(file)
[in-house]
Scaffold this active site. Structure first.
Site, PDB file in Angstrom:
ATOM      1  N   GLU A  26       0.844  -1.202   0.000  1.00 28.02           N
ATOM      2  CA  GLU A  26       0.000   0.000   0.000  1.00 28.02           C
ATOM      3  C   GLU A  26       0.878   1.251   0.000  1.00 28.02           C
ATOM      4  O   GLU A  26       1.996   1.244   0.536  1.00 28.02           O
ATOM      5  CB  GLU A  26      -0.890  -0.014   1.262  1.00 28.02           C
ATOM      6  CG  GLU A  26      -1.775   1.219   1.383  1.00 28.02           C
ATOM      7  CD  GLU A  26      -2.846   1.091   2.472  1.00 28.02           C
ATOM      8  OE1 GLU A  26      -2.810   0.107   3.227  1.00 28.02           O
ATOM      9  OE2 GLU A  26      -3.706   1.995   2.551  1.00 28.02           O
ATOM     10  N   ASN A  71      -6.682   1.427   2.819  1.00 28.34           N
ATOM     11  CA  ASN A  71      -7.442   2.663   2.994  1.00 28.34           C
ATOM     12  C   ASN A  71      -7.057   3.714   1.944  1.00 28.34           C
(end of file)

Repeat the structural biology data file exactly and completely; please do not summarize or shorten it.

[in-house]
Scaffold this active site. Structure first.
Site, PDB file in Angstrom:
ATOM      1  N   GLU A  26       0.844  -1.202   0.000  1.00 28.02           N
ATOM      2  CA  GLU A  26       0.000   0.000   0.000  1.00 28.02           C
ATOM      3  C   GLU A  26       0.878   1.251   0.000  1.00 28.02           C
ATOM      4  O   GLU A  26       1.996   1.244   0.536  1.00 28.02           O
ATOM      5  CB  GLU A  26      -0.890  -0.014   1.262  1.00 28.02           C
ATOM      6  CG  GLU A  26      -1.775   1.219   1.383  1.00 28.02           C
ATOM      7  CD  GLU A  26      -2.846   1.091   2.472  1.00 28.02           C
ATOM      8  OE1 GLU A  26      -2.810   0.107   3.227  1.00 28.02           O
ATOM      9  OE2 GLU A  26      -3.706   1.995   2.551  1.00 28.02           O
ATOM     10  N   ASN A  71      -6.682   1.427   2.819  1.00 28.34           N
ATOM     11  CA  ASN A  71      -7.442   2.663   2.994  1.00 28.34           C
ATOM     12  C   ASN A  71      -7.057   3.714   1.944  1.00 28.34           C